“A number of food and beverage operators saw their business as ‘COVID-proof’ through operating in lockdown, and as we’ve transitioned to a COVID-normal environment they’ve actually seen an increase in turnover.”

The latest Australian Bureau of Statistics data shows the four months to the end of July were the four biggest months for takeaway food turnover ever in Victoria, while the five months to the end of July have been the biggest for the cafés, restaurants and catering services sector.

“We’ve had multiple operators state they don’t require a lot of seating and are happy for a predominantly takeaway business. We’re starting to see some that will look at converting a premises into food and beverage given how reliable business has been, but on the whole food and beverage operators continue to have a preference for taking fully-fitted spaces to save costs on fit-out – the rise in construction costs are affecting everyone, and that extends to retail fit-outs.”

Retail strip properties typically attract rents from around $50,000 to $75,000 per annum, which Lockwood said is an acceptable price point for tenants who have generally become more risk-averse and premises with minimal tenancy works are being received better than those requiring a full refit.

“These spaces present fast and cost-effective COVID-proof opportunities to remain active, or to expand into new locations and markets – and not just survive, but thrive – as pick-up and delivery services are favoured. We saw that again through the past winter that was dominated by another wave of COVID, plus the usual cold and flu period.”

Centre Road, Bentleigh has emerged as one of the strongest-performing strips, largely thanks to its triple-supermarket anchoring and the effects of the state government’s level crossing removal program, and it has also been one of the main beneficiaries of the food and beverage trend. It recorded a 13.7% increase in food and beverage tenants – including popular fish and chips franchise Hunky Dory, Bentleigh Social and Artisanal Bakehouse – driving a 2.2% reduction in vacancies over the past year to 3.1%, one of the lowest in Melbourne. The City of Glen Eira has also begun implementing works for Bentleigh Eat Street, which will overhaul 2,400sqm of public space that will be activated by more cafés, restaurants, bars, and outdoor seating, and supported by the extension of trading hours.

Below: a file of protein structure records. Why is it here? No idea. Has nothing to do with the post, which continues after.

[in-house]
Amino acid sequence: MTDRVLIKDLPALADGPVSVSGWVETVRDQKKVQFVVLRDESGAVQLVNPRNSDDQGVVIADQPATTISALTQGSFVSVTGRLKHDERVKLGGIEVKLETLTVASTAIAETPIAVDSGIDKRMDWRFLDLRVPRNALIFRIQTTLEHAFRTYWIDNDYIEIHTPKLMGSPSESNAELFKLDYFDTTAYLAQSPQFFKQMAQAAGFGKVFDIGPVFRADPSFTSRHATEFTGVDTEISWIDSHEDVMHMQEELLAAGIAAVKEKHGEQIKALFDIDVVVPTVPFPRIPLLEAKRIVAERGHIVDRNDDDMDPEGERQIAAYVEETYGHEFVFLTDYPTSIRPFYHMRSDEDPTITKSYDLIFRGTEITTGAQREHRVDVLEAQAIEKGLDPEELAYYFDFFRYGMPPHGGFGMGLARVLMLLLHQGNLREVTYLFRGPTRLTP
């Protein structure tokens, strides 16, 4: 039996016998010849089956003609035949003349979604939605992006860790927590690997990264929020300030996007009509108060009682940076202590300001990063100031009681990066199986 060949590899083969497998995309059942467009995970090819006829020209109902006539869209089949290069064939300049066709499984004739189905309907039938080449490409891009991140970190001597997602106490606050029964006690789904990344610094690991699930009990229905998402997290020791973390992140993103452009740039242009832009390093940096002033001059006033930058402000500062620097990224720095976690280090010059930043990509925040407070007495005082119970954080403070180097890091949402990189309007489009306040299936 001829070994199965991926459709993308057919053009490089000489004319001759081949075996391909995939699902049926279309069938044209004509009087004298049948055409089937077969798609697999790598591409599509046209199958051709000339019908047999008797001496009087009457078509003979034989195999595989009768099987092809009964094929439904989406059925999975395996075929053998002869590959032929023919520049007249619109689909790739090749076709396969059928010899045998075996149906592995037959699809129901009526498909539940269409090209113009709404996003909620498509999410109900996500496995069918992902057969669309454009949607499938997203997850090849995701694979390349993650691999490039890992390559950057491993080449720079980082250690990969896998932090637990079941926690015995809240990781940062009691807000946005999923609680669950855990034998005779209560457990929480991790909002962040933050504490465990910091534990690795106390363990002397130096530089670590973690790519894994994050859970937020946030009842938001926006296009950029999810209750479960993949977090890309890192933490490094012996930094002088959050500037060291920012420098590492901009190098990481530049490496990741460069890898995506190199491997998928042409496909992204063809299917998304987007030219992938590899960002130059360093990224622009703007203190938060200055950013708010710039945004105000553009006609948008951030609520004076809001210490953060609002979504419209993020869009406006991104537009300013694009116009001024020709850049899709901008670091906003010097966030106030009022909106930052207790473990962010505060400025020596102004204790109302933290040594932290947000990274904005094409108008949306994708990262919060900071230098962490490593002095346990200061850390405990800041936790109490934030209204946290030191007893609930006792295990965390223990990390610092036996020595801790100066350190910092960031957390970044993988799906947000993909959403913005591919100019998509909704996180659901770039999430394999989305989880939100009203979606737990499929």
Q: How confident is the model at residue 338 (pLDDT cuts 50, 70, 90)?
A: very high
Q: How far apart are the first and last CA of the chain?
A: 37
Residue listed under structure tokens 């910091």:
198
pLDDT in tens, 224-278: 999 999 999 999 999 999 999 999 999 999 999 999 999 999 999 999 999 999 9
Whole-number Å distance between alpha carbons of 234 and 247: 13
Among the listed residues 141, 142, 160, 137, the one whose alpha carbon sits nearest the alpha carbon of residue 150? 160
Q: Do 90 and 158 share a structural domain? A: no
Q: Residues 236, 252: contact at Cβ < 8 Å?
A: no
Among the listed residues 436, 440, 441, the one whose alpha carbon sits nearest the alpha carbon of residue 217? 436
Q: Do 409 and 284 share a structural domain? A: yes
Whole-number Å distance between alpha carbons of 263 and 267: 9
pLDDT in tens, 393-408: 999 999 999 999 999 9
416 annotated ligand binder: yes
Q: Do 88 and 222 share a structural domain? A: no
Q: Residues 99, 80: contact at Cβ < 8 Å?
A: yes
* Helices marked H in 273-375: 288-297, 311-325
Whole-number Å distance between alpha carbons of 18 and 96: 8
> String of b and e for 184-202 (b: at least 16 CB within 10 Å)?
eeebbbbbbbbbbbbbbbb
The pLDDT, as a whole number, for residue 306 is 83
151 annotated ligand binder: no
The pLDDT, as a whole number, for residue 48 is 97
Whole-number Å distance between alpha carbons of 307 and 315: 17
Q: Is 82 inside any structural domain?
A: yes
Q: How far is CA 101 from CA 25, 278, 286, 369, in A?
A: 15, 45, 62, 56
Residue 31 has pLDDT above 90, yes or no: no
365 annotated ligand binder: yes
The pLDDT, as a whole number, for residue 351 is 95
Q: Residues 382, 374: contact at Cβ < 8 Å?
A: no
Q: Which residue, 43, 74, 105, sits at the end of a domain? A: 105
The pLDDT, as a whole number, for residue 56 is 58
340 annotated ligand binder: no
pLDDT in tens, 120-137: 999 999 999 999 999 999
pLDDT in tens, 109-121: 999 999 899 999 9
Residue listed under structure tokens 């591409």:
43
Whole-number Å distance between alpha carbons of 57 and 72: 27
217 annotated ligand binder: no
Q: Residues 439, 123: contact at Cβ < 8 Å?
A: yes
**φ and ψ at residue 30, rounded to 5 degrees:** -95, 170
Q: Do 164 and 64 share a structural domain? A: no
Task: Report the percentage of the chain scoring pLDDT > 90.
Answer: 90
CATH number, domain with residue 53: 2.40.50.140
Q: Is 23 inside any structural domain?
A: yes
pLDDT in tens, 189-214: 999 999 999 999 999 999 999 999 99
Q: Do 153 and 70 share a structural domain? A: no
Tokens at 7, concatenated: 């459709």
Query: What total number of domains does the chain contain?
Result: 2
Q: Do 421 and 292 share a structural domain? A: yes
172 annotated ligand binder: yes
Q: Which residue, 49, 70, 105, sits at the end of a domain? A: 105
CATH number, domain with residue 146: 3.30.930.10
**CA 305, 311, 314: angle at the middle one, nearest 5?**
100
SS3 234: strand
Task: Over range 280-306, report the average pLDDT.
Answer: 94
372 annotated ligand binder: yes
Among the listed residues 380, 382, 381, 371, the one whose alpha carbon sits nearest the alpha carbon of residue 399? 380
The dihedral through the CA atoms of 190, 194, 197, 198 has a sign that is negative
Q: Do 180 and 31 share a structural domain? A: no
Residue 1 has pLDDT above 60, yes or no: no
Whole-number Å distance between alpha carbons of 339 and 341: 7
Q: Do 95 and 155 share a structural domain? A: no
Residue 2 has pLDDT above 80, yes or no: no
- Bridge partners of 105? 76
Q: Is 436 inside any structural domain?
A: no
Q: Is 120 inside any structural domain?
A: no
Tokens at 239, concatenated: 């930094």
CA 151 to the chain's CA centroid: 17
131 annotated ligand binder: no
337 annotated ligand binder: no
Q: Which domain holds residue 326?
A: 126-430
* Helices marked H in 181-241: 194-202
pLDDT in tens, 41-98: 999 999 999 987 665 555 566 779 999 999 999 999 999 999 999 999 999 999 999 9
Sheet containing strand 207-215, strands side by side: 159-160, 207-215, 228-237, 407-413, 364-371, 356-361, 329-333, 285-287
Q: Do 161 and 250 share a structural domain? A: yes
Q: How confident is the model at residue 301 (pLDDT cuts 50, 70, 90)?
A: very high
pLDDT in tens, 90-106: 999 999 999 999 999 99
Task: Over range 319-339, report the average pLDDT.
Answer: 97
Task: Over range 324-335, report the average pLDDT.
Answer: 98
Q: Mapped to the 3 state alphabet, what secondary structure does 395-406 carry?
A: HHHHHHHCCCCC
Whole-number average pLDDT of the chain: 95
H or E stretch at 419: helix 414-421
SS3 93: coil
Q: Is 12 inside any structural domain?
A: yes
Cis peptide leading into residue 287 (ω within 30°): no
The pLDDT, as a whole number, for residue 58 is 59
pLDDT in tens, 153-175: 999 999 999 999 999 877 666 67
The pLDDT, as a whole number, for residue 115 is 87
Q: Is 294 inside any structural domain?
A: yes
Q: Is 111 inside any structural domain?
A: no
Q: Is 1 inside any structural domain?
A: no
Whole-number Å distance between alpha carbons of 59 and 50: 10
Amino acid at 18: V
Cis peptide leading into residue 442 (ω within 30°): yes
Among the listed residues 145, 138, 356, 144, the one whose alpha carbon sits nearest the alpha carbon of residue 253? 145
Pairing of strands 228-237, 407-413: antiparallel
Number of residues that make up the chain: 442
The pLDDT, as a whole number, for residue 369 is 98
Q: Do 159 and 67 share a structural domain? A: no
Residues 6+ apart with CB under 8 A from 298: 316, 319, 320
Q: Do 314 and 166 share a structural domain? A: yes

Lygon Street, Carlton saw a 12.0% increase in hospitality tenants, which included Miss Frankie, Karen’s Diner, Mexican offering La Cabra, Indian restaurant Kahaani, Palm Arabian, café and bar Good Measure, ice creamery Beku Gelato and dessert bar Sticksies - to be joined soon by Zeus Street Greek - all adding another fresh twist to the strip following recent entrants such as contemporary Chinese restaurant Lagoon Dining. The famous dining precinct recorded an 8.5% decline in vacancies to 12.0%. The prime section of the strip continues to outperform the city end, which has a higher specialty focus. Other new tenants include fashion retailers Elk and Atime Studios, homewares retailer The Damsel Store, and pool hall Cue Stars Billiards.

One of Melbourne’s most consistent shopping strips, Glenferrie Road, Malvern, saw a 13.9% increase in food and beverage and hospitality tenants, which offset the loss of service and specialty tenants and brought vacancies down to 7.5% after they spiked in 2021 to 11.3%. Achiote Mexican Restaurant was among them, cult favourite Chargrill Charlie’s opened its second Melbourne store on the strip, New York Minute made an entrance and Stan’s Deli opened their New York-inspired deli, and Malvern Fish and Chipper also opened.

Caterers Platter & Boe, events planner The Posh Palais, and kids’ party venue Studio Royale also moved in.